Together with the diffusion of scientific computing, there has been a recent and impressive increase of the demand for numerical methods. The problems to be addressed are everyday more complex and require specific numerical algorithms. The quality of the results has to be accurately assessed, so that in-silico experiments results can be trusted. Nowadays, producing such reliable numerical results goes way beyond the abilities of isolated researchers, and must be carried out by structured teams.

The topics addressed by the RAPSODI team belong to the broad theme of numerical methods for the approximation of solutions of systems of partial differential equations (PDEs). Besides standard convergence properties, a good numerical method for approximating a physical problem has to satisfy at least the following three criteria:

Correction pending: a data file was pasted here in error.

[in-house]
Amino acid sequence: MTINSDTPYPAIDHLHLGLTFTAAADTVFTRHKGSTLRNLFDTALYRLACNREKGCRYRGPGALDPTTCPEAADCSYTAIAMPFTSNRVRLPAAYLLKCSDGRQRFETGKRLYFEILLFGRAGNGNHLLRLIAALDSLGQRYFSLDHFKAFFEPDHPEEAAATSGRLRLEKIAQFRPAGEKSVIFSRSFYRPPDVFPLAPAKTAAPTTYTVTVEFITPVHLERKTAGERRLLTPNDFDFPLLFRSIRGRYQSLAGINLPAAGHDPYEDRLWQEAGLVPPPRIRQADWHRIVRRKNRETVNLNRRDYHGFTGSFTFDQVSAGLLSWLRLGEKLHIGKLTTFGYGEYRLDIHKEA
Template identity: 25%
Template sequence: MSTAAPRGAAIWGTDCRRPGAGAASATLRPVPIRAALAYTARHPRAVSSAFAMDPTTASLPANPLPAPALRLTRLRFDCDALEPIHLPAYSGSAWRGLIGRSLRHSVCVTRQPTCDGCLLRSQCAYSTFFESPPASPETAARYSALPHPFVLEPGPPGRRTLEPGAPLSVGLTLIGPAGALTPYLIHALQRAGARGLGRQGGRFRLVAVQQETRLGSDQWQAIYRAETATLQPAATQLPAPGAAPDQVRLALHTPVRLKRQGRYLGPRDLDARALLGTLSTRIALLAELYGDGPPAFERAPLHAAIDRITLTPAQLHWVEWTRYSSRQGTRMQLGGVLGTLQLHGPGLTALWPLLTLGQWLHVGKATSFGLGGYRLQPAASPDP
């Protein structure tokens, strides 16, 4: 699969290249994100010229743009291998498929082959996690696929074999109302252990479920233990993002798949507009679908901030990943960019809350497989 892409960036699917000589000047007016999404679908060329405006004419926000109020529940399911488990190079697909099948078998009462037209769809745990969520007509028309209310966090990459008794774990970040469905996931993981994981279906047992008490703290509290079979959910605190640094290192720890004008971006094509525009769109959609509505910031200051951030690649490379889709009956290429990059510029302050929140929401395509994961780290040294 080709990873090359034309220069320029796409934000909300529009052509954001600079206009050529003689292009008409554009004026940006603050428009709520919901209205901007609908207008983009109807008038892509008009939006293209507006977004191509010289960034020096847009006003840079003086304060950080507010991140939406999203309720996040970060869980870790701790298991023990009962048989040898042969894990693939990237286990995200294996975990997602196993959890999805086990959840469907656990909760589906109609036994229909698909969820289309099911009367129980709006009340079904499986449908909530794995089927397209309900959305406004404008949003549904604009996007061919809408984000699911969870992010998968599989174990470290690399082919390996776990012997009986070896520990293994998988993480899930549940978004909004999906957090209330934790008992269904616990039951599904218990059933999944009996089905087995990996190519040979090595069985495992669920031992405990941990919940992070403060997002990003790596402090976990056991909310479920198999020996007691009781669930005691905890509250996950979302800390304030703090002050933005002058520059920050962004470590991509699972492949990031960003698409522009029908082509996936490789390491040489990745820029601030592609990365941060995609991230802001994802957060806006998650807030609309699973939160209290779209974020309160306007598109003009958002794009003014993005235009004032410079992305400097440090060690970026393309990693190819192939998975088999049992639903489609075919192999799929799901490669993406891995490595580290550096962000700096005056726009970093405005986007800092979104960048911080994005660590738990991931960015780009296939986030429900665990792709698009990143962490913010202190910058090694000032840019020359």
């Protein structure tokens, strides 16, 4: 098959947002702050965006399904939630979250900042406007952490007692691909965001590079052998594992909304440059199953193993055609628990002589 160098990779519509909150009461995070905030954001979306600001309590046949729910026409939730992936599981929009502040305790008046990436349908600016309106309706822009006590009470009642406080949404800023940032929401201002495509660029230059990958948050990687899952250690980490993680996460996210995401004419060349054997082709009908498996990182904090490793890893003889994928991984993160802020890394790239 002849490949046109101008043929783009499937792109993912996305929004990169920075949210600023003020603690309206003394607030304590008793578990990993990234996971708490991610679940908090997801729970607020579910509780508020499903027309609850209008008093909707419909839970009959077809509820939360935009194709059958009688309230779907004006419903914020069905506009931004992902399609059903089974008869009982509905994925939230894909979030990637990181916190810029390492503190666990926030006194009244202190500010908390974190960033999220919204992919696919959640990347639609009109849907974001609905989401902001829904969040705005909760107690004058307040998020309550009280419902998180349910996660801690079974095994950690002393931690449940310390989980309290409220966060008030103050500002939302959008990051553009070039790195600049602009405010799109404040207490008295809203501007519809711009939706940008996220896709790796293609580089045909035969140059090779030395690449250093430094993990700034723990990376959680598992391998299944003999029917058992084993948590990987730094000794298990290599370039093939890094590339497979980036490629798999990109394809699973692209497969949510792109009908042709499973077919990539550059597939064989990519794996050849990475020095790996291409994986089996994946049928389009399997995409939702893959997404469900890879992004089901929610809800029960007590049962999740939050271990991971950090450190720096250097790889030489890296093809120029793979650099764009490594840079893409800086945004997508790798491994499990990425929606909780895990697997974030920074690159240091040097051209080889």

preservation at the discrete level of some crucial features of the solution, such as positivity of solutions, conservation of prescribed quantities (e.g., mass, the decay of physically motivated entropies, etc.);

provide accurate numerical approximations at a reasonable computational cost (and ultimately maximize the accuracy at a fixed computational effort);

robustness with respect to physical conditions: the computational cost for a given accuracy should be essentially insensitive to change of physical parameters.

We aim to develop methods fulfilling the above quality criteria for physical models which all display a dissipative behavior, and that are motivated by industrial collaborations or multidisciplinary projects. In particular, we have identified a couple of specific situations we plan to investigate: models from corrosion science (in the framework of nuclear waste repository) , low-frequency electromagnetism , and mechanics of complex inhomogeneous fluids arising in avalanches or in porous media .